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    A collection of four hexagonal basalt column sections similar to those found at Ireland’s famed Giants Causeway is the first of 628 lots at Whyte’s History, Literature and Collectibles sale in Dublin on April 16.   They have been in the garden of a County Donegal home for at least fifty years. Whyte’s said it is possible they were acquired from Kennedy Quarries, Portrush, Co. Antrim  in the vicinity of land now belonging to the National Trust. Similar examples were auctioned at Summers Place Auctions in association with Sotheby’s on 19 October 2010 (lot 132) and realised £18,500.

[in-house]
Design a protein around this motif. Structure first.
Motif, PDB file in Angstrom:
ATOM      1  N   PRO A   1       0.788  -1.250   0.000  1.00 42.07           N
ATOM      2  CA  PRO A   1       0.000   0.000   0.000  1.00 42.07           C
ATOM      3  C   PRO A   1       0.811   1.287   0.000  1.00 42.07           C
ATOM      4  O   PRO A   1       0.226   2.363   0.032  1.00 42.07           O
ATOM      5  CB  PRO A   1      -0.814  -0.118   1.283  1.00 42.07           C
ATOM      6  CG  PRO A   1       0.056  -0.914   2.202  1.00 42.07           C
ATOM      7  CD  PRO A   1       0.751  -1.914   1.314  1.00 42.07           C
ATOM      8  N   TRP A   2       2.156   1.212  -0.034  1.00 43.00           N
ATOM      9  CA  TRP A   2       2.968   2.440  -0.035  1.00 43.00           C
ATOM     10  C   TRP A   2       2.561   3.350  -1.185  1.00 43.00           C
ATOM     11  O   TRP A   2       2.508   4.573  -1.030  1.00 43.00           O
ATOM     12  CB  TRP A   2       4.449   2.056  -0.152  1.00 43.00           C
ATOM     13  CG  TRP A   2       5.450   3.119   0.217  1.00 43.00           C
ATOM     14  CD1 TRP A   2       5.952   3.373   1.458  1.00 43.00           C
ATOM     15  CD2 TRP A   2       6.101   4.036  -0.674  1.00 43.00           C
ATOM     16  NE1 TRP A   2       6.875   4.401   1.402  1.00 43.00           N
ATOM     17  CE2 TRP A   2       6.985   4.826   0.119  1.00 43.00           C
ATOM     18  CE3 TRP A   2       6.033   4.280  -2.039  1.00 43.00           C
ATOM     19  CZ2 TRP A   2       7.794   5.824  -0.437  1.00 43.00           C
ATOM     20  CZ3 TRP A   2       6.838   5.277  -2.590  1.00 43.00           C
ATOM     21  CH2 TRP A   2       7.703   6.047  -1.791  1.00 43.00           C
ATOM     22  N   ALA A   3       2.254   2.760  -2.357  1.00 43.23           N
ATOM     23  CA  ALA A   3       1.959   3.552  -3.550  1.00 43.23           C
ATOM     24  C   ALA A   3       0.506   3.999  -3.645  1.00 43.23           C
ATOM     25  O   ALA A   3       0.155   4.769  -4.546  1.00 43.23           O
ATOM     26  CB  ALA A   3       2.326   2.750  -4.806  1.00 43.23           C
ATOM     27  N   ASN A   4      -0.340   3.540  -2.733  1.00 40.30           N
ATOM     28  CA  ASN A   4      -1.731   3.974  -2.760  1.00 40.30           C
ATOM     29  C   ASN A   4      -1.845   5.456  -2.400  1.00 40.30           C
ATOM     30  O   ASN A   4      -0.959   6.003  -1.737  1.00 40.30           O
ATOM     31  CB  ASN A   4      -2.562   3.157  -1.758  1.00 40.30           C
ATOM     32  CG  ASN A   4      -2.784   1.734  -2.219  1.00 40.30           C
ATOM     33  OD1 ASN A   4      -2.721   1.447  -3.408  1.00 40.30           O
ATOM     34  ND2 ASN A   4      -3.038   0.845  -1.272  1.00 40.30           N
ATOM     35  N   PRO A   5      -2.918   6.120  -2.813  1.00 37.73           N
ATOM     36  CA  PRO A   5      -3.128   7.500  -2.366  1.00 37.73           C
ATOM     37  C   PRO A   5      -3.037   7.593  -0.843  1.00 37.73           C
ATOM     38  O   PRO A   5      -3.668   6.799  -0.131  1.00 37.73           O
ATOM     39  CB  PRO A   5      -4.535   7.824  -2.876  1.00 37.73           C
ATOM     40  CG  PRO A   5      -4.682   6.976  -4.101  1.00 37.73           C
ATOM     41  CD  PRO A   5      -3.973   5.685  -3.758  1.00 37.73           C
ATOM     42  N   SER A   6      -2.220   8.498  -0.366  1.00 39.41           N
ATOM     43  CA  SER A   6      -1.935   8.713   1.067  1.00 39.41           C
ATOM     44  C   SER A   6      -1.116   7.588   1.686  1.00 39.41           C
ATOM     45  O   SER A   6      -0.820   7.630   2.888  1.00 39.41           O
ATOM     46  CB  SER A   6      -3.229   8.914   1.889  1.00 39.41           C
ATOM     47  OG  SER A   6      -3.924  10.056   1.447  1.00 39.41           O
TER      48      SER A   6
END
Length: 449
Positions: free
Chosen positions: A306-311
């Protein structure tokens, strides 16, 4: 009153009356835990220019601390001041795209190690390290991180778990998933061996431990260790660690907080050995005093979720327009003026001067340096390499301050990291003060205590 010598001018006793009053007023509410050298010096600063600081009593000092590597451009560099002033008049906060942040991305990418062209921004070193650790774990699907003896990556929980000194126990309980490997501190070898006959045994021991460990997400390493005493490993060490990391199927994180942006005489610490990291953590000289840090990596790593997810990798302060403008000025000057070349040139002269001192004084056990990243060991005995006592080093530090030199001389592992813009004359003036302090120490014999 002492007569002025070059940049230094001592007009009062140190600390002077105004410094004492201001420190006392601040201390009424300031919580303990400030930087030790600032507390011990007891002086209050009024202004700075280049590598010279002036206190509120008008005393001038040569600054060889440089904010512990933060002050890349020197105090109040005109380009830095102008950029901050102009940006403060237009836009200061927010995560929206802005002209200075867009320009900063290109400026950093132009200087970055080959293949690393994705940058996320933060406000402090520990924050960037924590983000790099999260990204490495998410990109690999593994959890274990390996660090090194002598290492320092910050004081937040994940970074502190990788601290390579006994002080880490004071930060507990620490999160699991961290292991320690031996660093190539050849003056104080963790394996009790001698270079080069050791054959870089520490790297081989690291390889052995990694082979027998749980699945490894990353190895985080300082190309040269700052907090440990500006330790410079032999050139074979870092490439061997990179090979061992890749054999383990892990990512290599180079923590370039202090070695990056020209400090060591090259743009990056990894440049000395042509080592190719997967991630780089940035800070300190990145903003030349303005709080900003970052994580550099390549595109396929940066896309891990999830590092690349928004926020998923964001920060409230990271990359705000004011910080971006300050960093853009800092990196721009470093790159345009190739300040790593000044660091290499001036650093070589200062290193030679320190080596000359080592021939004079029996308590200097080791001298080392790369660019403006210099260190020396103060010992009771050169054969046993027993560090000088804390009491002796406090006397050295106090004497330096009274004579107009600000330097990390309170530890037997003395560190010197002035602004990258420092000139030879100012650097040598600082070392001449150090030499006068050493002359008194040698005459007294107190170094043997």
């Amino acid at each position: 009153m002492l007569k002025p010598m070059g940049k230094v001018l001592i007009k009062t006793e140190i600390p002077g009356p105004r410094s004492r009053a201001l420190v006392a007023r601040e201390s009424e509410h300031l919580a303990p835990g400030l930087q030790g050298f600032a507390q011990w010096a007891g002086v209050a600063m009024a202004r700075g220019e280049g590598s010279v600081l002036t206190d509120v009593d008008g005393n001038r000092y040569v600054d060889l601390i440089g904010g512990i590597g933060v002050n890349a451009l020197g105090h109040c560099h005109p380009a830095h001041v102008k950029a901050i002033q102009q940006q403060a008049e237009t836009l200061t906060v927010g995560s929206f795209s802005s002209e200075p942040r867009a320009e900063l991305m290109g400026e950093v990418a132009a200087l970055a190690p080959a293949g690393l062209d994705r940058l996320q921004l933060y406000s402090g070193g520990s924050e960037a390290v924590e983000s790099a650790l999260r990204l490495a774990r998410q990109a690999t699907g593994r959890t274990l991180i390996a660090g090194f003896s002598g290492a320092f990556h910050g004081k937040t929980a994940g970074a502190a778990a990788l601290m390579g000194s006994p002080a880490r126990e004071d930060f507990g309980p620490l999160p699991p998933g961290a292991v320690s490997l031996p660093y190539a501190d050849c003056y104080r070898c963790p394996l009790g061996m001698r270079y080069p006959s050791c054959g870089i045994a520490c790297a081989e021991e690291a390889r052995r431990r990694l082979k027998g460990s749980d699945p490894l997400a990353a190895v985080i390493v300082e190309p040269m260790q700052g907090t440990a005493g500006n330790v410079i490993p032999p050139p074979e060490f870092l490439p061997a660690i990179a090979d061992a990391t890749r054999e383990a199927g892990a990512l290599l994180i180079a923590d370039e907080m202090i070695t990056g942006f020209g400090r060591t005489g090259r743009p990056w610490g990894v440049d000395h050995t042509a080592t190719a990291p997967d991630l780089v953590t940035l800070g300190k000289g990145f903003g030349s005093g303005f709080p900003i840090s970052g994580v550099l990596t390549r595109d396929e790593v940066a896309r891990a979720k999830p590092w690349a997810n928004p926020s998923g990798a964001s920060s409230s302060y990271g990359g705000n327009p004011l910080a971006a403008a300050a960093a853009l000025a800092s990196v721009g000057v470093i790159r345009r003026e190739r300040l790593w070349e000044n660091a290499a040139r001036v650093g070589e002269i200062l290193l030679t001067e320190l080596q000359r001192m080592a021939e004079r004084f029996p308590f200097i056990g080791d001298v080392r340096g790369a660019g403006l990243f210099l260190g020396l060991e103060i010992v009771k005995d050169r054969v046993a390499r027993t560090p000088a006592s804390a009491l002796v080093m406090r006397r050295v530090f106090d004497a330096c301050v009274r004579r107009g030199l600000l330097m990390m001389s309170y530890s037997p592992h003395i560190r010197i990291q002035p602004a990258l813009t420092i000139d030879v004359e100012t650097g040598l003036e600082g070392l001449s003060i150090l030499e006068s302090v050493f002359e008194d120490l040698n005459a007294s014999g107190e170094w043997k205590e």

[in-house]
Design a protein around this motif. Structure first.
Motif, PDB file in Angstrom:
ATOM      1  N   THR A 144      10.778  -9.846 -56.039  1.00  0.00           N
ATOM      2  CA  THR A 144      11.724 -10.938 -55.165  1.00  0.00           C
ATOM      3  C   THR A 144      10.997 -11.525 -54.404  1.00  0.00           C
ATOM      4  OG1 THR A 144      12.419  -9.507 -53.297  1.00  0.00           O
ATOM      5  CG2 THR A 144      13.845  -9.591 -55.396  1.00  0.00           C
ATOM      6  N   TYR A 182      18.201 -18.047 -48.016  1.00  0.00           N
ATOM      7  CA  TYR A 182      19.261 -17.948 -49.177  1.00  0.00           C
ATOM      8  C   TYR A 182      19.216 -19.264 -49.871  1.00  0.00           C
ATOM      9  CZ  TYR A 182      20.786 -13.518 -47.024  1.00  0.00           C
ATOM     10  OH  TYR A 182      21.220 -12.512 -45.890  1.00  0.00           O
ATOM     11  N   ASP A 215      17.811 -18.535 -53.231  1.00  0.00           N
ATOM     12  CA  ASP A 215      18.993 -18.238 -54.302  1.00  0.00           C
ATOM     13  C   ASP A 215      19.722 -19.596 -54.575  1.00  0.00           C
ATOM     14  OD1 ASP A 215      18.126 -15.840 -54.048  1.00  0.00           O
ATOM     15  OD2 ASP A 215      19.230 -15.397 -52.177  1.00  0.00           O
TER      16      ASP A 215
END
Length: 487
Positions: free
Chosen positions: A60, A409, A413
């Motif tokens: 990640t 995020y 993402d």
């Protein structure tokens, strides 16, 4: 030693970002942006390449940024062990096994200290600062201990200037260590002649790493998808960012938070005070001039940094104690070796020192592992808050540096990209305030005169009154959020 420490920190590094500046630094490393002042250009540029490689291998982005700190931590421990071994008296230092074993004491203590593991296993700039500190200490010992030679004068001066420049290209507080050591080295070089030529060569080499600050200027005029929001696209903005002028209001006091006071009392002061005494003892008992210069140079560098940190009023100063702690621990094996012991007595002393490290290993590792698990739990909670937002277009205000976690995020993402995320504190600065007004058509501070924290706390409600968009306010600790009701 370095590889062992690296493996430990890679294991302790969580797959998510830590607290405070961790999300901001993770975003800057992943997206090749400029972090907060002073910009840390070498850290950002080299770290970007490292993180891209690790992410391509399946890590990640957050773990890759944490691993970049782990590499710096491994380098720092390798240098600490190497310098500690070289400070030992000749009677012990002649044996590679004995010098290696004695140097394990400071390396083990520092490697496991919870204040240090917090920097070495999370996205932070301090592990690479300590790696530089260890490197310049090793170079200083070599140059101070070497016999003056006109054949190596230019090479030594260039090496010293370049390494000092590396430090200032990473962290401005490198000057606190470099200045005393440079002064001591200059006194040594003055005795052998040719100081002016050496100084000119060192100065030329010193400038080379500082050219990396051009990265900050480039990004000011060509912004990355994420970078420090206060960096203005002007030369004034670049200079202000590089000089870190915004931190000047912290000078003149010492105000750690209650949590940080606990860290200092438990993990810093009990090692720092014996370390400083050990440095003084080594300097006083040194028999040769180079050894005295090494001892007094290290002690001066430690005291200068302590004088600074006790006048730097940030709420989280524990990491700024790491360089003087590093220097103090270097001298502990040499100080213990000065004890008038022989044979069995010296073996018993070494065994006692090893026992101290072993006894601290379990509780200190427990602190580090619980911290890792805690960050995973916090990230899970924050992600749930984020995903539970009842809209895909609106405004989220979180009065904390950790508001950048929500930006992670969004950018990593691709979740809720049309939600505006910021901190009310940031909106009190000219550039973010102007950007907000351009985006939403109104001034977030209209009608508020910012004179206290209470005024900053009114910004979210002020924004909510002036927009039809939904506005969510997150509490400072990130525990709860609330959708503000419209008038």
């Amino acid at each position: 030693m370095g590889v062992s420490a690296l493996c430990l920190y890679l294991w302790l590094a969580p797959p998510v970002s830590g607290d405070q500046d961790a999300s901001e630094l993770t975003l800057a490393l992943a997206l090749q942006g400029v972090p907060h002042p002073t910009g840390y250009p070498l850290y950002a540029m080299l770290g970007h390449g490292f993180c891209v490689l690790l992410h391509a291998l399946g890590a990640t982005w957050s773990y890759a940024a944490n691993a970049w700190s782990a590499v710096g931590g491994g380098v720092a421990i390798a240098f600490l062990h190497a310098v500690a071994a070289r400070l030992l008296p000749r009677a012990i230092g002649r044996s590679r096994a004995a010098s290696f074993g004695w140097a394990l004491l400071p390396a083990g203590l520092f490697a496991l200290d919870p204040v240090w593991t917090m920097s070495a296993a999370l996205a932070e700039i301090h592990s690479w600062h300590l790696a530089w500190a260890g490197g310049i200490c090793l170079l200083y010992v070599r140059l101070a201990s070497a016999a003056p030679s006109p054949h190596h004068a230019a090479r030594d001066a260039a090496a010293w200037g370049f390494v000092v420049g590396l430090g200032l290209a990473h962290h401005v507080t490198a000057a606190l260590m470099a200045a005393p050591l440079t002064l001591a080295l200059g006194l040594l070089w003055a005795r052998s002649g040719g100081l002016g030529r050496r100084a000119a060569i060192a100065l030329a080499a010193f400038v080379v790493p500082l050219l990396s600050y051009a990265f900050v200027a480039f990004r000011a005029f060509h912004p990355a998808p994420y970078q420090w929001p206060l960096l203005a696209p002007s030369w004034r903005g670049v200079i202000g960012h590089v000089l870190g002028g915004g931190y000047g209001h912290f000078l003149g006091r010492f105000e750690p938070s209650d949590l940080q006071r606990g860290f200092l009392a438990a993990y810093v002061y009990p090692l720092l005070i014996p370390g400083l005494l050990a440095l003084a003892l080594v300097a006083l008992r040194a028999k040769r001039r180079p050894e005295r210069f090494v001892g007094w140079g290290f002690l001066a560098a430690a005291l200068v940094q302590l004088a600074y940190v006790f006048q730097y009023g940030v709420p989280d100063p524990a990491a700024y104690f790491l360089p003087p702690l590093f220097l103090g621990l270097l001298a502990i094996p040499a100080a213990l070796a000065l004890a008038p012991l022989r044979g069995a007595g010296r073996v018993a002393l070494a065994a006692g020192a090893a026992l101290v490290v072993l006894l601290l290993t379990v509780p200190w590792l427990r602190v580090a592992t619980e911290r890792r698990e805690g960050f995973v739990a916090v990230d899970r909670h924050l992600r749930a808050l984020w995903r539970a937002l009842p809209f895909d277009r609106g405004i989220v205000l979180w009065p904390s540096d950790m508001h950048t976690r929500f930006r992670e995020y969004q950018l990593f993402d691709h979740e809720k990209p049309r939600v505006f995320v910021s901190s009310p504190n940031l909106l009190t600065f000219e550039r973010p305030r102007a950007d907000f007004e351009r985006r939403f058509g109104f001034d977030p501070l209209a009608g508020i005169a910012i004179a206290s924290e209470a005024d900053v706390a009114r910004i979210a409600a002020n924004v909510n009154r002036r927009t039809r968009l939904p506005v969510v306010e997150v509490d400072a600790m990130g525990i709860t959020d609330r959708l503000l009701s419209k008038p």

The Giant’s Causeway is the most popular tourist attraction in Northern Ireland. The unusual stone landscape was formed around 50 to 60 million years ago  when Antrim was subject to intense volcanic activity. Rapidly cooling molten basalt formed an extensive lava plateau in columns. Legend has it that the Irish warrior Fionn mac Cumhaill (Finn McCool) built the causeway to walk to Scotland to fight his Scottish counterpart Benandonner.

    Examples of these stones in private collections are extremely rare. The Causeway area has been National Trust property for many years. It is illegal to remove anything from the site.  These ones are estimated at 3,000-4,000.

    UPDATE: They sold for 2,000.

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